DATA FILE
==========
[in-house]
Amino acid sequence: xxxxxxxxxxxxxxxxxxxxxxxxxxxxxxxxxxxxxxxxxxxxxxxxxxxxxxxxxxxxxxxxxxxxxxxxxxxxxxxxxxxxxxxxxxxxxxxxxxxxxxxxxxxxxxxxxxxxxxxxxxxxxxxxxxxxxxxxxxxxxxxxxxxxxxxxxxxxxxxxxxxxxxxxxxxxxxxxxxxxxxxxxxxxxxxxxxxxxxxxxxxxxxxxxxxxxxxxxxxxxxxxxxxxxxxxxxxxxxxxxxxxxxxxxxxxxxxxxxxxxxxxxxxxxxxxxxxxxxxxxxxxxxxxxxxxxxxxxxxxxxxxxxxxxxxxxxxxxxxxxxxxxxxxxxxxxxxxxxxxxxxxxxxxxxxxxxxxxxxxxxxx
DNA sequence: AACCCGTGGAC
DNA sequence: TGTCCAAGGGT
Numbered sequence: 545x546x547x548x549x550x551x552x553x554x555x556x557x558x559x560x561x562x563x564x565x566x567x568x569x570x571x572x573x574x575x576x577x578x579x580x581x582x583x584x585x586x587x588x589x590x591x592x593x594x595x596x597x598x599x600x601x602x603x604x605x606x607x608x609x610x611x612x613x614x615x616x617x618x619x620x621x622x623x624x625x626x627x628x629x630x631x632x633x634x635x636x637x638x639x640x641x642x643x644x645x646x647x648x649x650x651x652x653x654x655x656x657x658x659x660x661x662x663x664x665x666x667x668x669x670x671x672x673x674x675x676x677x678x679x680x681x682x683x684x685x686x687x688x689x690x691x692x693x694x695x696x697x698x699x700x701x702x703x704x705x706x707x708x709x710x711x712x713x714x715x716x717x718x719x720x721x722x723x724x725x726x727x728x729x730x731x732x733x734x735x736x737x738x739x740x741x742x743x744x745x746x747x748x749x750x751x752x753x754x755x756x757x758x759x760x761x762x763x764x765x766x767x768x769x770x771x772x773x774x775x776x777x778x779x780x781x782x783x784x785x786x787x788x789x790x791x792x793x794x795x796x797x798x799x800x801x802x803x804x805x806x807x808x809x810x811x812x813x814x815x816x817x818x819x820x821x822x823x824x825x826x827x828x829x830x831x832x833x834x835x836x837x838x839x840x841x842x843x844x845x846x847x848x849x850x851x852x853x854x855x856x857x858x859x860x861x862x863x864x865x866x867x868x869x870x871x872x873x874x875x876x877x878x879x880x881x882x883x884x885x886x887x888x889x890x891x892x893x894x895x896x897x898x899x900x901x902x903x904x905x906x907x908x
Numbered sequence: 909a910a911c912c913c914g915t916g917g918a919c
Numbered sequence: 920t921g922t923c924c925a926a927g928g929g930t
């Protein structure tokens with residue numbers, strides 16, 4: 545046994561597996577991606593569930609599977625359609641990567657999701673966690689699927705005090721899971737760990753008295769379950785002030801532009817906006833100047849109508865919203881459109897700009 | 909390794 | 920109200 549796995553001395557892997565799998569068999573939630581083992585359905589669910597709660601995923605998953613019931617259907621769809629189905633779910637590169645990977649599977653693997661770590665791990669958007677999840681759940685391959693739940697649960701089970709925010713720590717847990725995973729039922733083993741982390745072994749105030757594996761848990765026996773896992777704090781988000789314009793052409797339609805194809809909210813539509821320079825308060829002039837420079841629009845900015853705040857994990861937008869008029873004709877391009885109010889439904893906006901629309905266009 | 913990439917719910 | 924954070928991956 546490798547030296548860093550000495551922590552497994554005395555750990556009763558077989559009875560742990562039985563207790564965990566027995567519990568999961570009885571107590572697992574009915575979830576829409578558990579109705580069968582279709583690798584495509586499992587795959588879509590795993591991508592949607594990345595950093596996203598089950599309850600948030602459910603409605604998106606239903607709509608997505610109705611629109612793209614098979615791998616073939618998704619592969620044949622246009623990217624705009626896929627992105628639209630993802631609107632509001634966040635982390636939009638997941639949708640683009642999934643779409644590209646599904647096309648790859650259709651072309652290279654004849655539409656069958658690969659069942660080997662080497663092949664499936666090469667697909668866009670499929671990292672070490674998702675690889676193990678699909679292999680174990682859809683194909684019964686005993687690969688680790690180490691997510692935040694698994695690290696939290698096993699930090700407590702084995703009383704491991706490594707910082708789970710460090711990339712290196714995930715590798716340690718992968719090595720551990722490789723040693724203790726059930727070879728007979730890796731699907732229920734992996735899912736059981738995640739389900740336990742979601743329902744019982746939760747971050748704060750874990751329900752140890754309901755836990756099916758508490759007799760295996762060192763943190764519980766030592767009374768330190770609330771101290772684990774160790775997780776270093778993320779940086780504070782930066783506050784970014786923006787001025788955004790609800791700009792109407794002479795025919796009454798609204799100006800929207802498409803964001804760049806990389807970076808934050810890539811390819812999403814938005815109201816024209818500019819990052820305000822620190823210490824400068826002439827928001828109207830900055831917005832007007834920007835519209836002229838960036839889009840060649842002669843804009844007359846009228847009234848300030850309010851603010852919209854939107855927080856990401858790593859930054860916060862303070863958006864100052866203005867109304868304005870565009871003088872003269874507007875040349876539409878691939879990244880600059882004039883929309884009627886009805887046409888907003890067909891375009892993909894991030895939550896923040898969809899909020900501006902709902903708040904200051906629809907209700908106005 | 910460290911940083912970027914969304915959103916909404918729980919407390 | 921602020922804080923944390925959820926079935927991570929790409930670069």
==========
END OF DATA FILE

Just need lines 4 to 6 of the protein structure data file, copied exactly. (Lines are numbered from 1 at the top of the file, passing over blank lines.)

DNA sequence: TGTCCAAGGGT
Numbered sequence: 545x546x547x548x549x550x551x552x553x554x555x556x557x558x559x560x561x562x563x564x565x566x567x568x569x570x571x572x573x574x575x576x577x578x579x580x581x582x583x584x585x586x587x588x589x590x591x592x593x594x595x596x597x598x599x600x601x602x603x604x605x606x607x608x609x610x611x612x613x614x615x616x617x618x619x620x621x622x623x624x625x626x627x628x629x630x631x632x633x634x635x636x637x638x639x640x641x642x643x644x645x646x647x648x649x650x651x652x653x654x655x656x657x658x659x660x661x662x663x664x665x666x667x668x669x670x671x672x673x674x675x676x677x678x679x680x681x682x683x684x685x686x687x688x689x690x691x692x693x694x695x696x697x698x699x700x701x702x703x704x705x706x707x708x709x710x711x712x713x714x715x716x717x718x719x720x721x722x723x724x725x726x727x728x729x730x731x732x733x734x735x736x737x738x739x740x741x742x743x744x745x746x747x748x749x750x751x752x753x754x755x756x757x758x759x760x761x762x763x764x765x766x767x768x769x770x771x772x773x774x775x776x777x778x779x780x781x782x783x784x785x786x787x788x789x790x791x792x793x794x795x796x797x798x799x800x801x802x803x804x805x806x807x808x809x810x811x812x813x814x815x816x817x818x819x820x821x822x823x824x825x826x827x828x829x830x831x832x833x834x835x836x837x838x839x840x841x842x843x844x845x846x847x848x849x850x851x852x853x854x855x856x857x858x859x860x861x862x863x864x865x866x867x868x869x870x871x872x873x874x875x876x877x878x879x880x881x882x883x884x885x886x887x888x889x890x891x892x893x894x895x896x897x898x899x900x901x902x903x904x905x906x907x908x
Numbered sequence: 909a910a911c912c913c914g915t916g917g918a919c